Tag Archives: soft set

Jarring honey

Synopsis : Jarring is the final stage in honey production. Done properly it generates a good looking (and great tasting), high quality product for sale or gifting.


For some beekeepers, honey production is the raison d’être for their beekeeping, everything is geared to maximising the crop. For others it is a sticky inconvenience that – indirectly – gives them a bad back and gets in the way of queen rearing.

But for me, it’s one of the very many benefits and pleasures of beekeeping that I periodically curse and wish there was a bit less of.

I love the look of pleasure that an unexpected gifted jar produces or the ’oohing and aahing’ at a dinner party when I produce a bottle of red and a ‘matched brace’ of spring and summer honeys.

A winning combination

I’m a lot less keen on shifting half a ton of supers from the apiary to the car to the warming cabinet to the extractor 1, or the interminable washing up after extracting … or, for that matter, the repetitiveness of jarring and labelling very large amounts of honey.

However, I do welcome selling a bit of honey to offset the cost of new nucs, or DIY bits for my queen cell incubator, or replacing the (many) hive tools I misplace.

And, as the adage goes, ”If a job’s worth doing, it’s worth doing well”.

So I do my best to produce good looking and great tasting honey, sold through local farm shops, organic cafes and similar artisanal outlets. I tend to prepare batches of 24-36 jars to order i.e. about a bucket at a time, 90% of which sells within 20 miles of my apiaries. This approach works for me; not too much repetitive boredom, no need to store large amounts of jarred honey and I can make a virtue of any hive to hive, or apiary to apiary, variation.


I’m a small scale beekeeper. I’ve got ~8-12 production colonies, a 9 frame radial extractor and a slightly dodgy back. In a poor year I might produce 150 kg of honey, in a really good year over three times that amount.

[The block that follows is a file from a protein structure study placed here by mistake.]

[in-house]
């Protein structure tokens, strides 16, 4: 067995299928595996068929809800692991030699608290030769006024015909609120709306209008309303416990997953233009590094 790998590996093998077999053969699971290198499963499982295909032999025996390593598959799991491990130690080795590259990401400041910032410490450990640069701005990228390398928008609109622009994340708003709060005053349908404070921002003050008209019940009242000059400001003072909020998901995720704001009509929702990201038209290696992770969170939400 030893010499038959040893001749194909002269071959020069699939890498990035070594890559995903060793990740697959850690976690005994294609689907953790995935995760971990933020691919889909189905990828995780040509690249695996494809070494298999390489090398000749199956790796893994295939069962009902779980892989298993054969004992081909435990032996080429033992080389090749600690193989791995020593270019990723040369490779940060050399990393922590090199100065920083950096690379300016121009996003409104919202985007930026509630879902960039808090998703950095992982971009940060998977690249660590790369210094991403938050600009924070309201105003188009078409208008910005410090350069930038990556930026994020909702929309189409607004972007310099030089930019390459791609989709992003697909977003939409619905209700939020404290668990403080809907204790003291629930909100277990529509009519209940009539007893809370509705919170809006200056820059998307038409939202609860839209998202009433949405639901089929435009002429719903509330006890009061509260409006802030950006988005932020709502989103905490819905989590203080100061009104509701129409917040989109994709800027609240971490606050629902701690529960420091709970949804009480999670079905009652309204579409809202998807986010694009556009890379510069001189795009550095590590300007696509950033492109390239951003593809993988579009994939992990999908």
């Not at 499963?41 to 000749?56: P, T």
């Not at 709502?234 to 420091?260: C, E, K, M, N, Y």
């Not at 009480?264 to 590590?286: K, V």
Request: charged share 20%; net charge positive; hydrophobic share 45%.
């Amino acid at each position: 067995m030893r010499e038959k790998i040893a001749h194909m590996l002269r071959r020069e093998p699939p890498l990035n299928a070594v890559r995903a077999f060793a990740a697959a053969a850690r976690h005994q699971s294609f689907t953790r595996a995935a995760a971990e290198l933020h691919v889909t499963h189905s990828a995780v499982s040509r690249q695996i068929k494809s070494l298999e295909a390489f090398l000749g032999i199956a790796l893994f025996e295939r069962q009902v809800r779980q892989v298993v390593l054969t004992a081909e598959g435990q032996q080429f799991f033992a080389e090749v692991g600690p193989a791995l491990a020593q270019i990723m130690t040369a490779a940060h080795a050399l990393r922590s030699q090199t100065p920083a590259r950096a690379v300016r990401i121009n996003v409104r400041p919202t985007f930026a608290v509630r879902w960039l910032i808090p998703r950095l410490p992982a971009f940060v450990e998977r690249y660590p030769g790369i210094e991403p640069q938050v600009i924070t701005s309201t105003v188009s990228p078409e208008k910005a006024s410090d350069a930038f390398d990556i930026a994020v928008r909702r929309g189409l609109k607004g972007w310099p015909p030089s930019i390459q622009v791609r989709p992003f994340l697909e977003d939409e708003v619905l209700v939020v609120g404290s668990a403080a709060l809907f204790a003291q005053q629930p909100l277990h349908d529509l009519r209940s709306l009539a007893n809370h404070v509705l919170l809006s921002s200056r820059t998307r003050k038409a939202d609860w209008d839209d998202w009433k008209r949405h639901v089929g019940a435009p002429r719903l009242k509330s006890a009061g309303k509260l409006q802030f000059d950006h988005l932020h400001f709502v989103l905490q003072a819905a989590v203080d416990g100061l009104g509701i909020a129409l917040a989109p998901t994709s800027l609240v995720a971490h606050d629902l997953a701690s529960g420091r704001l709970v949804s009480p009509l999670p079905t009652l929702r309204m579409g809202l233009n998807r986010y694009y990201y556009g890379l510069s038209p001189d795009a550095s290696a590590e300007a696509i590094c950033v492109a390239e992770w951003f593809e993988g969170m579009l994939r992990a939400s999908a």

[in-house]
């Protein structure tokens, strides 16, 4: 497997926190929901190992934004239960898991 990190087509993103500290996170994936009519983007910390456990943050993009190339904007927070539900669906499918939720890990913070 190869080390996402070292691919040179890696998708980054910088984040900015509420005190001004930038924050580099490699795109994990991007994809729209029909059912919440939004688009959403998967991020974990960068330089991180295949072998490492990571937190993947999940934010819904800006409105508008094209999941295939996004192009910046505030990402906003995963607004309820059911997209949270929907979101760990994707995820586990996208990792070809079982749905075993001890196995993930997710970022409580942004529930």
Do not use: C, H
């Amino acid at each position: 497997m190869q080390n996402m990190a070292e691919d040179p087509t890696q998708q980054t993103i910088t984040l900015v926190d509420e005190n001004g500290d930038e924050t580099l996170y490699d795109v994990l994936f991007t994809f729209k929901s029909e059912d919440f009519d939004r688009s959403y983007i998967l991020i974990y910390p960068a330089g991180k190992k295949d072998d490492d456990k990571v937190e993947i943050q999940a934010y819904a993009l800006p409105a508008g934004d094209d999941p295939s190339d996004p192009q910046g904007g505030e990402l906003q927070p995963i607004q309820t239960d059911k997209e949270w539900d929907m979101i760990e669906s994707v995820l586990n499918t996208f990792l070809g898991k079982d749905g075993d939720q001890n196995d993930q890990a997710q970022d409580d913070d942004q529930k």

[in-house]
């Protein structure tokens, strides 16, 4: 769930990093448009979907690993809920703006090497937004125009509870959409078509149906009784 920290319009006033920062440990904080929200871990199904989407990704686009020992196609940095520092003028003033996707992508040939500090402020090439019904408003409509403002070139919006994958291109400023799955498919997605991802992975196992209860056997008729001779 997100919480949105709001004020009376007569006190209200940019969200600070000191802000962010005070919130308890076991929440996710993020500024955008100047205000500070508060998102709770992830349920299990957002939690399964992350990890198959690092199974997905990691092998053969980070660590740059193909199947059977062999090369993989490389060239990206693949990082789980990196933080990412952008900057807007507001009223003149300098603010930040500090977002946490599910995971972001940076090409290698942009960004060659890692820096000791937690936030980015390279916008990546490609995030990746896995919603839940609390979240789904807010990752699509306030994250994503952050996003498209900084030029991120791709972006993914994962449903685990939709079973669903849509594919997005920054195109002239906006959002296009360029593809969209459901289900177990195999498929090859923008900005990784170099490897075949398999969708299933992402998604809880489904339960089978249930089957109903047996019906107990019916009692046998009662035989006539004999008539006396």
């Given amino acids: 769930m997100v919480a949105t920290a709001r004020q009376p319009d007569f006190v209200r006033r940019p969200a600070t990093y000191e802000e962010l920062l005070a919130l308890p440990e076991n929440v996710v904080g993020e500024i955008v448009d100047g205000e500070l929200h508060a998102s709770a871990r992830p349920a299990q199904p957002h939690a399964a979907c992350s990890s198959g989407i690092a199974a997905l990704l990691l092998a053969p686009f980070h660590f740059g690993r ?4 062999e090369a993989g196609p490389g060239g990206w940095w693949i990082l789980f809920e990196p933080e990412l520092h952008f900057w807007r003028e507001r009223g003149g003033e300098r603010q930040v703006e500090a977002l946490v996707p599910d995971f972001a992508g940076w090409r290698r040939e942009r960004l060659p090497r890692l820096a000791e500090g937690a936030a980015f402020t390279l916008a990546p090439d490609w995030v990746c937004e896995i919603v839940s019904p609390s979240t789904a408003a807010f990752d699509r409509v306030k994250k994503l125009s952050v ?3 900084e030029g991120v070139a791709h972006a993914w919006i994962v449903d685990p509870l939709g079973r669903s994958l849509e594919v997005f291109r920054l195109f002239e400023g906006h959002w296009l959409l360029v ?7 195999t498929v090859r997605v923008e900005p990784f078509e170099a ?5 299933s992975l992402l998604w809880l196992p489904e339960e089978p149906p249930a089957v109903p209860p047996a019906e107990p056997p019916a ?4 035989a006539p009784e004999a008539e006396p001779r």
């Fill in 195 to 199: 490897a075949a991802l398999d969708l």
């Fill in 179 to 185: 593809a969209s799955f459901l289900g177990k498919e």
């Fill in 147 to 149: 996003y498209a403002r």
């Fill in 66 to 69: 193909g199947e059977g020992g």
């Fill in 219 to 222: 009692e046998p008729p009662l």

If you’re semi-commercial, own a thermostatically controlled homogenizer/creamer or a filling machine this post isn’t for you 😉 .

Almost all of my honey is produced in Fife where there are spring and summer crops, usually harvested in early June and mid/late August respectively. I also get a (very) limited amount of heather honey on the west coast but am hoping this will increase as I learn more about colony management and good apiary locations. Everything in this post relates to east coast (Fife) honey.

Just imagine the noise and the wonderful smell!

Supers are collected from one apiary at a time and extracted. I try and extract individual supers into single buckets. The extractor is run with the gate open and the honey passes through coarse and medium filters, directly into 15 kg honey buckets. Inevitably there’s a bit of mixing in the extractor, but this can still produce honeys with distinctive flavours.

I’d prefer to try and maintain this variation than produce a single uniform product from everything merged together.


Each bucket is weighed (usually 11-14 kg), the water content measured using a calibrated refractometer, sealed and labelled. The buckets get a two letter code e.g. HN, for spring 2022 (H), bucket N, and are then stacked away in a cool location until needed. Labelled on the side of the bucket, they’re readable without sorting through the stacks … don’t label the lids 😉 .

The accurate way to test the water content of honey

I’ve never needed to use the last few letters of the alphabet for any particular spring or summer harvest.

The weight, water content and code (together with additional notes such as apiary and extraction date) get added to a database so I can easily find any particular bucket wanted when needed for jarring.